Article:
Hotel Miramar where we stayed
In the early 60s Don Matheson, a cousin of my grandfather originally from Drumbuie in Wester Ross, visited us; he had spent his life working on a ranch in Denver, Colorado apart from returning for the First World War. Don left a good impression on the family at that time. In 1970 into 1971, aged around 80, he came and stayed with us for quite a number of months. The pleasant task of accompanying him on holiday to Majorca fell on me just before my 13th birthday.
Very few people living in west coast villages did foreign holidays at that time so I was told that it was a great privilege… and it probably was. We flew out of Glasgow, my first time in a plane, and the bleakness of our flight path over southern Scotland really struck me having the impression that south of the Highlands was, in the main, good farm land. Heathrow seemed smaller than I expected and, of course, was comparatively small at the time. Our flight was delayed by 12 hours so we hung about and I got to know the place quite well. Even at that time many immigrant people worked in the terminal, some of them hardworking. Landing at Palma in the middle of the night I remember naively expecting the air to be somehow different and for it to be magical in some way!
It was of course just the same as London, Glasgow or Kyle only much warmer! My thought at age 59.1 is that the experience of a flight has not changed much in getting on for 50 years, apart from huge security and crowded terminals. We stayed at Hotel Miramar in Puerto De Pollenca and from the web site despite a huge bedroom extension it has not changed all that much in more than 45 years.
We hired a car-Fiat 500- the smallest car possible with a noisy motor bike engine in the back and Don, being a giant of a man with huge boots, kept inadvertently pressing the brake instead of the accelerator (or even worse vice -versa). He was used to large automatic American monsters not “stick shift” European junk! I ended up sometimes having to move it in small car parks on the edge of one of the many cliffs. My clutch control was dreadful and we both found selection of reverse very difficult. At least I did not press the wrong pedals, but it was pretty much a case of the blind leading the blind! Don liked to go to the quieter more rustic areas which were quite like the way the West Highland villages would have been when he was a boy in the late 1800s.
The evening entertainment in Drumbuie 70 years earlier had been going to each others houses and seeing who could tell the best ghost story! Don was a master in the art. I heard about mysterious sea horses, strange unexplained noises, apparitions and second sight. He made out that he was pretty offended when I told him that I did not believe a word of his superstitious nonsense and would be very happy to spend a night in the local graveyard. Needless to say I never carried that one through despite offers of a lift to Kirkton graveyard.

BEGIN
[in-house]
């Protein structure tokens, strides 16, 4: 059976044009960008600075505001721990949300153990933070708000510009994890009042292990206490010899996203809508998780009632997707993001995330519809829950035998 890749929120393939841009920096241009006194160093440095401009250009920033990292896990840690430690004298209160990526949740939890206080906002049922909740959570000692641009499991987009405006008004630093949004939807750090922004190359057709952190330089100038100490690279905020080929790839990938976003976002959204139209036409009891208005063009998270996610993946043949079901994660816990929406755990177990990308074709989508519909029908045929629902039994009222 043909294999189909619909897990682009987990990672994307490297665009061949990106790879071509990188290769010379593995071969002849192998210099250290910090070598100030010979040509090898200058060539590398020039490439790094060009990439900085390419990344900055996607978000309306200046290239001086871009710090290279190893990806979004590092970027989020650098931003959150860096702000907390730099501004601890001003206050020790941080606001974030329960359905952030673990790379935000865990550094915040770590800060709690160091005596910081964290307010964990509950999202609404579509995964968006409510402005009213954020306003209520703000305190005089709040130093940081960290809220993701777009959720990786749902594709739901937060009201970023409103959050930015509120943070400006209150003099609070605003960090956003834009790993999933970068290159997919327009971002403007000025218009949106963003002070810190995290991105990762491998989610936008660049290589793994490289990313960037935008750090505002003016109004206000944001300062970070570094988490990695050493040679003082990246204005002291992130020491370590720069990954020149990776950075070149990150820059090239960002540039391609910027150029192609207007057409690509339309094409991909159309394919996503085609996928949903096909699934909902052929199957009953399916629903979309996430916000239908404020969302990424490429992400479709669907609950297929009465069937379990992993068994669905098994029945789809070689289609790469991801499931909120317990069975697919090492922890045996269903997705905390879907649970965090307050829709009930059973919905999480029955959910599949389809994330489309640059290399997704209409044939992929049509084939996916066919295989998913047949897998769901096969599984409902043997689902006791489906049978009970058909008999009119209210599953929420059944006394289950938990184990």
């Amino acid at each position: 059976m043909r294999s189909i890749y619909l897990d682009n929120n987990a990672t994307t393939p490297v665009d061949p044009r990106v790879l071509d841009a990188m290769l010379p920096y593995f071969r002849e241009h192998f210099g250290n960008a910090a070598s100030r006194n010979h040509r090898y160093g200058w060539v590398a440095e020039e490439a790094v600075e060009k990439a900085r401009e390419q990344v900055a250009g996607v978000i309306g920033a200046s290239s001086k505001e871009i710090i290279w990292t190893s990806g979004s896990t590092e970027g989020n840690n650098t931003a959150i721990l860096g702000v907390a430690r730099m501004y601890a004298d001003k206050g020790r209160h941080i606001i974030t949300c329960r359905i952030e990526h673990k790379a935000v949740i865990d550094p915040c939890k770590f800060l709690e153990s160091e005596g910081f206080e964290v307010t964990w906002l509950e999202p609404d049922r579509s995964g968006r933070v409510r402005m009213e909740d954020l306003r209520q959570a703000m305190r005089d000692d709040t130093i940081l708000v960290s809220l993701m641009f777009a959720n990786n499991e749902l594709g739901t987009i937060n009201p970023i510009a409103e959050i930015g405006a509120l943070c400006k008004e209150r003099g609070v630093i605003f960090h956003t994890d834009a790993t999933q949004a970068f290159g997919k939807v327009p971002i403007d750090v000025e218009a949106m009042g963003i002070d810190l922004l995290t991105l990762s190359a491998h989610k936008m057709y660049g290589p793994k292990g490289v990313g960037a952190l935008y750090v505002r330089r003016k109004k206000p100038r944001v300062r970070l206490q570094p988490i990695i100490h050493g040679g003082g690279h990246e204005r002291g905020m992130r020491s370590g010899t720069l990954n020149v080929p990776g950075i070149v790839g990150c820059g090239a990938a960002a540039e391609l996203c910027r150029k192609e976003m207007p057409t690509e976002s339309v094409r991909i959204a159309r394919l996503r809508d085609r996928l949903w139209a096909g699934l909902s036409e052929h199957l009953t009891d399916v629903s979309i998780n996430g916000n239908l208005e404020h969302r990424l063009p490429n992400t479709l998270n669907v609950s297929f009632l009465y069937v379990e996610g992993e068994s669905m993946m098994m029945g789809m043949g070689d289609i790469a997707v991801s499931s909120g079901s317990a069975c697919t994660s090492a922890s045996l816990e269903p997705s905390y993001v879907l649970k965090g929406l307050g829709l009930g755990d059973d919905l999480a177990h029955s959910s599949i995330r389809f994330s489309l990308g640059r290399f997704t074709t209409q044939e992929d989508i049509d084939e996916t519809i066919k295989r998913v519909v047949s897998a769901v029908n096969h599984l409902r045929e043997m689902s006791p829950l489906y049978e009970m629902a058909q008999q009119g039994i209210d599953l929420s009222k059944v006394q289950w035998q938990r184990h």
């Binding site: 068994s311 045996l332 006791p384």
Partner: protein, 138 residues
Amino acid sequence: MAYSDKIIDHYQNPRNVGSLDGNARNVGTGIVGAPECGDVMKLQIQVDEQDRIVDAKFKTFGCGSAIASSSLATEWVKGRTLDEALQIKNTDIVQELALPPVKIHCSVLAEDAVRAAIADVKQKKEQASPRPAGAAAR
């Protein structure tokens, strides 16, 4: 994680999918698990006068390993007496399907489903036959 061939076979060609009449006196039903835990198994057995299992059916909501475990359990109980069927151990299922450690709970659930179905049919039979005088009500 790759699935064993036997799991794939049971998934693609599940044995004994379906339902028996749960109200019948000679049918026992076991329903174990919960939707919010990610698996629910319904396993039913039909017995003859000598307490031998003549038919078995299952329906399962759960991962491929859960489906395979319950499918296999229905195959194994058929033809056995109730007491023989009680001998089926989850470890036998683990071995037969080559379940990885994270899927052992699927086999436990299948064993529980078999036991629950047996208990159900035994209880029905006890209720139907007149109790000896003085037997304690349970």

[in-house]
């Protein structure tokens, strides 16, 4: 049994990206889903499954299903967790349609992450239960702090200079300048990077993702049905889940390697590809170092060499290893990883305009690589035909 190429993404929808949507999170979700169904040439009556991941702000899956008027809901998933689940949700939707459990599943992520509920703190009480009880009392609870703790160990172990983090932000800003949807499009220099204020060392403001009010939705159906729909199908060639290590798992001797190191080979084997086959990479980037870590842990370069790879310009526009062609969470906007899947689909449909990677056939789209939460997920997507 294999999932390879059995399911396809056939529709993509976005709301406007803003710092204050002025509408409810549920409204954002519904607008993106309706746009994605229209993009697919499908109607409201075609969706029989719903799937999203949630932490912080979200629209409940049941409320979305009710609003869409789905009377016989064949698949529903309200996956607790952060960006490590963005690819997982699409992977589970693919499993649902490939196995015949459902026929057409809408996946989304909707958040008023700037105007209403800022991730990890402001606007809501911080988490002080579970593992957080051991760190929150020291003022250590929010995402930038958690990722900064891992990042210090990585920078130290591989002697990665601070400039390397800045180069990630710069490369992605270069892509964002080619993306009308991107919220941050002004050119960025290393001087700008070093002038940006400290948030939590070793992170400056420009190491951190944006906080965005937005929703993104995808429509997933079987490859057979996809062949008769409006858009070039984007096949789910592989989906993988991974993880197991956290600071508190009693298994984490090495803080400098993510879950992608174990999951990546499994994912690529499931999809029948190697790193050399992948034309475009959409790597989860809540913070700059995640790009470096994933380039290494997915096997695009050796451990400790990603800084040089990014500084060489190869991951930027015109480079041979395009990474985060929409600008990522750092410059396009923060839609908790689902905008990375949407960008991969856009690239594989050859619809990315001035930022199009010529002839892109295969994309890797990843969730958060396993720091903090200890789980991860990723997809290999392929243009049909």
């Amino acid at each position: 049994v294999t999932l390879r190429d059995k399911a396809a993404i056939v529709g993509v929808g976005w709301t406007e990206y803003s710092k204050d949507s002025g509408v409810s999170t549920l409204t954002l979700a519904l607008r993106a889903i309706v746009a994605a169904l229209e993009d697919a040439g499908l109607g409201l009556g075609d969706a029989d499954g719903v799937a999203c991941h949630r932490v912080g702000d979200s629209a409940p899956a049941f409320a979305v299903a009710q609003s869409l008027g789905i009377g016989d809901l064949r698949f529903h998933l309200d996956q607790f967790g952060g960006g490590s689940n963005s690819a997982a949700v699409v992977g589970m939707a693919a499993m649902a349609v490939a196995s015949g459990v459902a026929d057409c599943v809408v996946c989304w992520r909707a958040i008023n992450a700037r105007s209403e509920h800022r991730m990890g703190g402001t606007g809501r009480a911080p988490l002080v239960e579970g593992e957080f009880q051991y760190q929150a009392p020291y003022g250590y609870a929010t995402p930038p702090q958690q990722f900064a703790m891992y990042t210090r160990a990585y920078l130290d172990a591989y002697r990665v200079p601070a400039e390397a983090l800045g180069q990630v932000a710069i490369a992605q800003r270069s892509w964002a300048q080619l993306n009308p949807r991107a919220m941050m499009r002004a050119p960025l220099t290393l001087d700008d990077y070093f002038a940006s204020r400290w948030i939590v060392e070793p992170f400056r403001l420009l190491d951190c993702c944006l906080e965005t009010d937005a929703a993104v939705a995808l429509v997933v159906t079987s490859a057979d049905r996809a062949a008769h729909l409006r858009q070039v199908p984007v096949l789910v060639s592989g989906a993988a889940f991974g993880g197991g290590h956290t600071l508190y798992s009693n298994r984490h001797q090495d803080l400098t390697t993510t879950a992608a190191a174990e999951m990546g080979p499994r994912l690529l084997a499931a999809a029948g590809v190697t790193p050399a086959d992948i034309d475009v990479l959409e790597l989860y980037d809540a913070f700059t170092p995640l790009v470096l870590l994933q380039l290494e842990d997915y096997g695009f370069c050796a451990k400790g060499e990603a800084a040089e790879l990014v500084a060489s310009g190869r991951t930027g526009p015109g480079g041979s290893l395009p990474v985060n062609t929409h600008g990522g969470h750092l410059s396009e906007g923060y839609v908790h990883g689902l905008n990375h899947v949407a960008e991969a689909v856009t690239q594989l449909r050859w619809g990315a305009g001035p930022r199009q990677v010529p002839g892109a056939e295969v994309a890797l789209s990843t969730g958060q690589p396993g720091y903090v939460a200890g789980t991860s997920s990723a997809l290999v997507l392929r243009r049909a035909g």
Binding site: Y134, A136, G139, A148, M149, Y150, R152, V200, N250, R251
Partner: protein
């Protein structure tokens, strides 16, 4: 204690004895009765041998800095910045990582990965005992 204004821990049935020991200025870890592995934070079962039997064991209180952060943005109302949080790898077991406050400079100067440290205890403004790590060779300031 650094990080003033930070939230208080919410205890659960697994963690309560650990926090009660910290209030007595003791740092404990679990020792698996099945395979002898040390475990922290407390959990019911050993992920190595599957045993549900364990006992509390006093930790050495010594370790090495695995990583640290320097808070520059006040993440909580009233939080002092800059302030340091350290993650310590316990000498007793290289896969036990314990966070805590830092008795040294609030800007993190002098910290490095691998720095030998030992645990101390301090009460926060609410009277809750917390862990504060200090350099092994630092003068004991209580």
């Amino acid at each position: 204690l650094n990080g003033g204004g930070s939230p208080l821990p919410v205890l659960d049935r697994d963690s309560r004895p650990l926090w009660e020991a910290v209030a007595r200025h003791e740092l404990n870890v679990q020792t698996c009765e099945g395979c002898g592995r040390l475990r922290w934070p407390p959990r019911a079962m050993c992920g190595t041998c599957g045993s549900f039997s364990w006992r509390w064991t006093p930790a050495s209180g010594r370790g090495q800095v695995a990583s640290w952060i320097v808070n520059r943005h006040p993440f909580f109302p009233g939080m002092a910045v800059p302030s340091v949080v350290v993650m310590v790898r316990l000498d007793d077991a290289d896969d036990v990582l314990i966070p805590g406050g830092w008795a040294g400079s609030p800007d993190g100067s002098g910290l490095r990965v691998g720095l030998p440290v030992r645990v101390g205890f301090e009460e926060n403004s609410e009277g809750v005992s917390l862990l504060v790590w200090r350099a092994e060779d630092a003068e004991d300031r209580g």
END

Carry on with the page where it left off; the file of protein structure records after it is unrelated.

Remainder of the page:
Meanwhile back in Majorca the weather had not been fantastic, so on the last couple of days I decided it would be good to get a sun tan. I borrowed some seemingly inoffensive lotion from some older girls, it was basically brown dye, and the first person I met in Kyle, Alec Robertson who ran the garage, asked if the weather had been good then burst out laughing! My neck was white and my face blotchy brown. These girls and indeed Don must have had a great laugh at my expense. Lesson learned, trust nobody….. and try not to be gullible!
What about spiritual lessons from a holiday at age 12¾? Here are three thoughts…
FIRSTLY The very first question on return my dad, who was very strict, asked was, ‘did you go to church?’ ‘Of course not’ was the quick smug answer,’ you surely would not want me to go to a Catholic church?’…. ‘Was the bible read?’ he asked… Now in a corner.. ‘guess so’ was the reluctant answer. Then some inspiration! Surely I would have been better off reading the bible and meditating at the hotel in English. NO NO NO Better to meet with fellow believers than sit reading on your own!
Was he right?…probably. His argument was that, although misled in many doctrines, the Catholic church had at the very least carried Christianity from the resurrection to the reformation. Having blogged now for a few months I realize that many of you who are believers reading this have given up on church of any type. There is, I believe, an exceptionally strong case for meeting with fellow Christians, even supposing they perhaps are not all they ought to be.
SECONDLY Superstition has no place in the Christian church. The bible is a great guide in life and by following the teaching of Jesus we can completely do away with horoscopes and ghost stories. Indeed all demonic forces, imagined or real have been conquered by him.
THIRDLY People are really much the same worldwide… the same nature as our first parents is within each of us to a greater or lesser degree. There is violence, injustice, illness and death everywhere we go…The answer is Jesus Christ who in love and mercy showed us a better way, died for our sins and conquered death itself, that ultimate enemy.
As Paul said to the Corinthians: ‘Thanks be to God for his indescribable gift!‘